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Look at the average fundraising professional’s budget, and you’ll see allocations for four major pools of money: individuals, foundations, governments, and corporations. These four areas count for the majority of donations for most organizations.

Far too often, skipping over the last area is easy. Corporate donors can seem mysterious, and developing strong nonprofit corporate partnerships isn’t as straightforward as writing a grant proposal. However, the potential of for-profit partnerships is high: it’s estimated that several billion dollars of dedicated charitable money go unclaimed from corporations annually–and that’s just from matching gifts.

Think about it: Most businesses have more money than most individuals. They have a built-in community and established communication channels to spread the word about your organization. Many businesses include giving back in their corporate culture. It makes sense for nonprofits to partner with corporations, for the benefit of all.

But what kind of partnership? Take a look at these four powerful possibilities to work together with businesses in your community.

1. Corporate Sponsorships

Corporate sponsorship is often the first, and sometimes the only, for-profit partnership most nonprofits consider. Nonprofit corporate partners donate money, materials, or products to support a nonprofit, often in exchange for recognition.

Recruiting sponsors and building relationships with them takes planning and strategy. Start by considering what opportunities for sponsorship you can offer. Events are a traditional place to start but don’t overlook projects and programs.

Next, take some time to develop a sponsorship package. This should include information about different levels of sponsorship, what they entail, and what benefits the corporate partner will receive. It’s important that the benefits to the corporation do not exceed the benefits the organization gets from the sponsorship.

Many partners will start off small. Realize that your relationships with nonprofit corporate partners will grow and develop over time, and not everyone is going to jump in with thousands of dollars from the beginning. Smaller sponsorships are an opportunity to get to know each other, see if the partnership works and demonstrate you’re trustworthy.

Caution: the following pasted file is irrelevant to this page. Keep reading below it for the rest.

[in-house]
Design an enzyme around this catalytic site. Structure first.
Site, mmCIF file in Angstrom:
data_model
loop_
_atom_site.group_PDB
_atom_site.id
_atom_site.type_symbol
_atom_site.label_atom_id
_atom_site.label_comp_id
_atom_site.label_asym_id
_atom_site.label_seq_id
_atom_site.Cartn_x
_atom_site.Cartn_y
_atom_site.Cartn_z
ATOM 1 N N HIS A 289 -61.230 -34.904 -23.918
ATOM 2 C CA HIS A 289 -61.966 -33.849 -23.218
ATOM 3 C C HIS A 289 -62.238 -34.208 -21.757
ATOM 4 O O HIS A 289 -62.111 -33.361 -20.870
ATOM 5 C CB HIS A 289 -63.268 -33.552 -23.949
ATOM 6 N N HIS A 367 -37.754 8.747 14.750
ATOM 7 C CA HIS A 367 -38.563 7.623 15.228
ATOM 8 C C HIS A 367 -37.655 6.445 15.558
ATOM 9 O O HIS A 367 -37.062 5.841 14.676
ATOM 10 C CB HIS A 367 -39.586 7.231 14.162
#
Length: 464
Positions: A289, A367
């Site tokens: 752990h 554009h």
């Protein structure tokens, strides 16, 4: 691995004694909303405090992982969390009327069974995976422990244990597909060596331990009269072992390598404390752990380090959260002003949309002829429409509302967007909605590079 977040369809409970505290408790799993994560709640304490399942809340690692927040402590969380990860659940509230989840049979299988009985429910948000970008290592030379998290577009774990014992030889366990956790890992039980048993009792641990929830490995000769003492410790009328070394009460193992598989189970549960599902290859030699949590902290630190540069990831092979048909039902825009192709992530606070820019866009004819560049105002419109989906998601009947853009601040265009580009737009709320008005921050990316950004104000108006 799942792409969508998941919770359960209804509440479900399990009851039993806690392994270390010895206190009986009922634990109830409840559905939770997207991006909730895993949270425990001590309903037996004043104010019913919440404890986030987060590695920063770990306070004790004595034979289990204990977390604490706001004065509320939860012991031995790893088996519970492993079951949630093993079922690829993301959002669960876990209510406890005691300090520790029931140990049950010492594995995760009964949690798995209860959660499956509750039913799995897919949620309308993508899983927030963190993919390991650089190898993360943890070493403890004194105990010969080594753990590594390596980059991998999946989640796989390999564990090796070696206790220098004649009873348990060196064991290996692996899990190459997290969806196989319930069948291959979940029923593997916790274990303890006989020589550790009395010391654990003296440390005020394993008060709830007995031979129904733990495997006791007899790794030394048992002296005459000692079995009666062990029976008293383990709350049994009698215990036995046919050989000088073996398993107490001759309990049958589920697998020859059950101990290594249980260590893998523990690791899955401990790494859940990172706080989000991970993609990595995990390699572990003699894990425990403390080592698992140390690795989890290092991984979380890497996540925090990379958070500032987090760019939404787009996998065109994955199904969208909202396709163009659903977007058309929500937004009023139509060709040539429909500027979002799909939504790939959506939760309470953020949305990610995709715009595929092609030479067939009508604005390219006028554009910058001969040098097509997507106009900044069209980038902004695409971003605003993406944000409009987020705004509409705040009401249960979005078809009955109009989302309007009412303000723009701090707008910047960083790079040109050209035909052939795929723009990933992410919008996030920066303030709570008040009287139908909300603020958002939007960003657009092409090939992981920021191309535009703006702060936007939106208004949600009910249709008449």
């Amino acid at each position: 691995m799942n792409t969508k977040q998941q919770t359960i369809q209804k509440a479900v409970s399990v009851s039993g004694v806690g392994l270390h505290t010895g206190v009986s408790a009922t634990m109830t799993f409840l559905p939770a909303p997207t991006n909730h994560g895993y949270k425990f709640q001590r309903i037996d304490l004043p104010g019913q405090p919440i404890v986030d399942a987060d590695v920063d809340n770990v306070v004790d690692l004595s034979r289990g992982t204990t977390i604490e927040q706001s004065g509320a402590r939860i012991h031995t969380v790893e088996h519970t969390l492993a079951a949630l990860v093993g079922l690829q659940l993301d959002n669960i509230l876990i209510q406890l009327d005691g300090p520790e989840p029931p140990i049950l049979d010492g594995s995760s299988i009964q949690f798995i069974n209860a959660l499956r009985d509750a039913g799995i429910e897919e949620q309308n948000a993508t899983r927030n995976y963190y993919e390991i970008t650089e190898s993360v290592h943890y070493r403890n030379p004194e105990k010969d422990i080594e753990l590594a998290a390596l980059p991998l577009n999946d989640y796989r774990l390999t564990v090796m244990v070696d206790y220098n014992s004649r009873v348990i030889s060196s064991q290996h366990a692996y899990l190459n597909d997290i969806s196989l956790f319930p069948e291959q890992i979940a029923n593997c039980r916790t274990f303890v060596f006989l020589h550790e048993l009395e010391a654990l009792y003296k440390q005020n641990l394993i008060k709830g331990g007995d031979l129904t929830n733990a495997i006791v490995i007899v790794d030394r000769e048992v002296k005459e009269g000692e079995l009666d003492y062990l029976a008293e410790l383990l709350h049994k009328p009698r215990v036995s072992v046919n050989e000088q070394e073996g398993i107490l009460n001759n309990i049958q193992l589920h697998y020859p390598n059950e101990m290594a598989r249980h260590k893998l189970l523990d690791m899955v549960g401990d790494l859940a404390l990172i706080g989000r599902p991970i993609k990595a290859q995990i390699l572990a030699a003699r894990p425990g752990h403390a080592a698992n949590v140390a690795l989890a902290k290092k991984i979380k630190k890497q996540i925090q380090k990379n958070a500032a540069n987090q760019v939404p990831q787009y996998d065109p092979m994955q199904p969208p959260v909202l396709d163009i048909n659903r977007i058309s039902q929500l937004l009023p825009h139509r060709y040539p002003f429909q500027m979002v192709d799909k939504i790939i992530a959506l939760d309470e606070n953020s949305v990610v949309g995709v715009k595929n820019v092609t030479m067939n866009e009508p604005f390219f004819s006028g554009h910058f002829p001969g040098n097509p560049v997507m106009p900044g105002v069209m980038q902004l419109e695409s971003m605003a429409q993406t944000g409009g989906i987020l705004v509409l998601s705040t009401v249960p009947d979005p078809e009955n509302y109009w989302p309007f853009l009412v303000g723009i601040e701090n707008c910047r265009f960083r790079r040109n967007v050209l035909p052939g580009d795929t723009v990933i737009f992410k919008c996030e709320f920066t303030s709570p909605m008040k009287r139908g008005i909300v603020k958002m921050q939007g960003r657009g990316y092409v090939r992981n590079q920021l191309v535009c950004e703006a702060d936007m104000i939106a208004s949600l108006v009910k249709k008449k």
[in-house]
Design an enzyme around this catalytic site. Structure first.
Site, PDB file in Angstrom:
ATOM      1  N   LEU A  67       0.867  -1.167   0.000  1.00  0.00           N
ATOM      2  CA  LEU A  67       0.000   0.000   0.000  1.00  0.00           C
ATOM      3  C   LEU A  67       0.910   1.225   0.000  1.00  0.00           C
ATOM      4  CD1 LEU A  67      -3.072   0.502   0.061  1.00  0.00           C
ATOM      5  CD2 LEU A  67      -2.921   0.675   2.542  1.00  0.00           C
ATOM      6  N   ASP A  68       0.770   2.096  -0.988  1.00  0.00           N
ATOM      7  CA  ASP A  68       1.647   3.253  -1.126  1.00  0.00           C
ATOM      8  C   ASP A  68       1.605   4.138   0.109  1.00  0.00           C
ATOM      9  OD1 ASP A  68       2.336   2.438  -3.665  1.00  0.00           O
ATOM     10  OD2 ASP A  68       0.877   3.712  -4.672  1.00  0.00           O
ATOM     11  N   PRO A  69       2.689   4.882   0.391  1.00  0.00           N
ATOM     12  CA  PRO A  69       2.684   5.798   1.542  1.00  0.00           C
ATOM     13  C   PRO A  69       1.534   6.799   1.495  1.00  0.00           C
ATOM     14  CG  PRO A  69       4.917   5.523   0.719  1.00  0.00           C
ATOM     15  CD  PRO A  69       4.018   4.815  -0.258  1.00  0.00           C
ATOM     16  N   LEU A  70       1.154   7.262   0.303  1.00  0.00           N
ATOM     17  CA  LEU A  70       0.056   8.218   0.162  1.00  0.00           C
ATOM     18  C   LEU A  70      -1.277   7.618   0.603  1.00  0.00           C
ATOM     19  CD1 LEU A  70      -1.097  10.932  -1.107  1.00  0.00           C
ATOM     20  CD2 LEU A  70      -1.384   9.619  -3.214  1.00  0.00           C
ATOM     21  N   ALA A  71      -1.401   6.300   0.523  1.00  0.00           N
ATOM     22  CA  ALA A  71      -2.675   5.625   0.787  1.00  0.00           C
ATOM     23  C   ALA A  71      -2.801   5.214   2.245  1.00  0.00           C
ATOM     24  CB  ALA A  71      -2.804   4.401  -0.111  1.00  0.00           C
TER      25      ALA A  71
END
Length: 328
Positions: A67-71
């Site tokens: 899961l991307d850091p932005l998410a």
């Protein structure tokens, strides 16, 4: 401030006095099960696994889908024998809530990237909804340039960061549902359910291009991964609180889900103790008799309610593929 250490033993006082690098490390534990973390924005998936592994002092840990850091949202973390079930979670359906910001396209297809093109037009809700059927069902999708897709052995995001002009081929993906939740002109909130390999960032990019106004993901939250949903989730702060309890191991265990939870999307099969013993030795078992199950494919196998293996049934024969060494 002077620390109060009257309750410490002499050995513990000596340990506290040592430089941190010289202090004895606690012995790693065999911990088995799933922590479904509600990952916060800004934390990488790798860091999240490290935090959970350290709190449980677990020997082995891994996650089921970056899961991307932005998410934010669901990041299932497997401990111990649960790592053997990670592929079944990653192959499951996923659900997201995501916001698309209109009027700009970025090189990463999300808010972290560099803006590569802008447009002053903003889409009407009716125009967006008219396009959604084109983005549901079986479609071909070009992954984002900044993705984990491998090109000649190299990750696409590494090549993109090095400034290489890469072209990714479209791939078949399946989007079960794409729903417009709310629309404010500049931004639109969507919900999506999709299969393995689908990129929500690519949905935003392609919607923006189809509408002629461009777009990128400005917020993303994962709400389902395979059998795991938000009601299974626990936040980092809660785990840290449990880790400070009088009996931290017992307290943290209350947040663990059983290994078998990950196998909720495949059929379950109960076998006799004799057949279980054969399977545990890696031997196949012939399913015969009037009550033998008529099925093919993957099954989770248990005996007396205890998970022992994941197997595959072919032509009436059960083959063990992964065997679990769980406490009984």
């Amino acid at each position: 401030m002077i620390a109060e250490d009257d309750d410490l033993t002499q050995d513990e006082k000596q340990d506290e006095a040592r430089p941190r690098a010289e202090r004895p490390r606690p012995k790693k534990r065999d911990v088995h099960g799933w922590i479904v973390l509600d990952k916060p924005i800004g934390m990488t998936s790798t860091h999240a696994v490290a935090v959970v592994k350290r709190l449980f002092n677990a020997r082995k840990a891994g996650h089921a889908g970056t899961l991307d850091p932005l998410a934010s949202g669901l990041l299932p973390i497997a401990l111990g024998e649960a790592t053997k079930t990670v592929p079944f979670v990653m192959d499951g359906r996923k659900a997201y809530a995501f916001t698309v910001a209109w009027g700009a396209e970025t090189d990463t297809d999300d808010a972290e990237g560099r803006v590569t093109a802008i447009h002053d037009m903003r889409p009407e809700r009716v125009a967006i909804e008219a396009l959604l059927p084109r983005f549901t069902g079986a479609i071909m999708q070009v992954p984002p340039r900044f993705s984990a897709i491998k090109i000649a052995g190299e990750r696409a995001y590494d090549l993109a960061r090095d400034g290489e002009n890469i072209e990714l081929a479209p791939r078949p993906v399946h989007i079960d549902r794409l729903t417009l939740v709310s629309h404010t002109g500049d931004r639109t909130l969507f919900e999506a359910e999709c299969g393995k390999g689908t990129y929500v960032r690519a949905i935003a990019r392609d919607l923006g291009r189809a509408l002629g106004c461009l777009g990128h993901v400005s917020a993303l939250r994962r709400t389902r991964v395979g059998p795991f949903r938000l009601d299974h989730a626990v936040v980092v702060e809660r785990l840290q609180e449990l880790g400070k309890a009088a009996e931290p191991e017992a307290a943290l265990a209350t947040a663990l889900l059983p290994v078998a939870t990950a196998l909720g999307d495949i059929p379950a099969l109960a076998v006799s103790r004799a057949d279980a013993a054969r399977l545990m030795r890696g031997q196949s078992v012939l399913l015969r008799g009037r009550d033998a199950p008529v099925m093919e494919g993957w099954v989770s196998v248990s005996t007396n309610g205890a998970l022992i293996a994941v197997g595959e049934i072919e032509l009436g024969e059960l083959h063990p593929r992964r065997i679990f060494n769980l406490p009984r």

As you start building a list of potential sponsors, consider what you’re offering them. When an organization sponsors a nonprofit, they are often looking to increase their audience and build a reputation in the community. Therefore, it makes sense to recruit sponsors for programs or projects that align with their mission in some way. Do you share any audiences with the corporation? Do their products or services connect with your mission?

Get started recruiting sponsors by:

  • Asking board members and volunteers for connections
  • Listing all businesses your organization already has a relationship with
  • Researching businesses that have ties to your cause, or seem like a natural fit
  • Reach out via letter (for cold contacts) or introduction (for folks you have connections with) to start the sponsorship conversation

2. Matching Gifts

As an employee benefit and goodwill gesture, many companies offer to match employee charitable donations up to a certain amount. More than half of Fortune 500 companies have a matching gift program, and an estimated more than 18 million people are employed by companies that offer a match.

I don’t like to throw around terms like, “free money,” but corporate matches do come pretty close. Matching programs already exist, you just need to encourage eligible donors to take advantage of them. You can do this by:

  • Including a matching gift field on your online donation form
  • Tracking donors’ places of employment (hint: check their email domain) in your database, and investigating if that place offers a match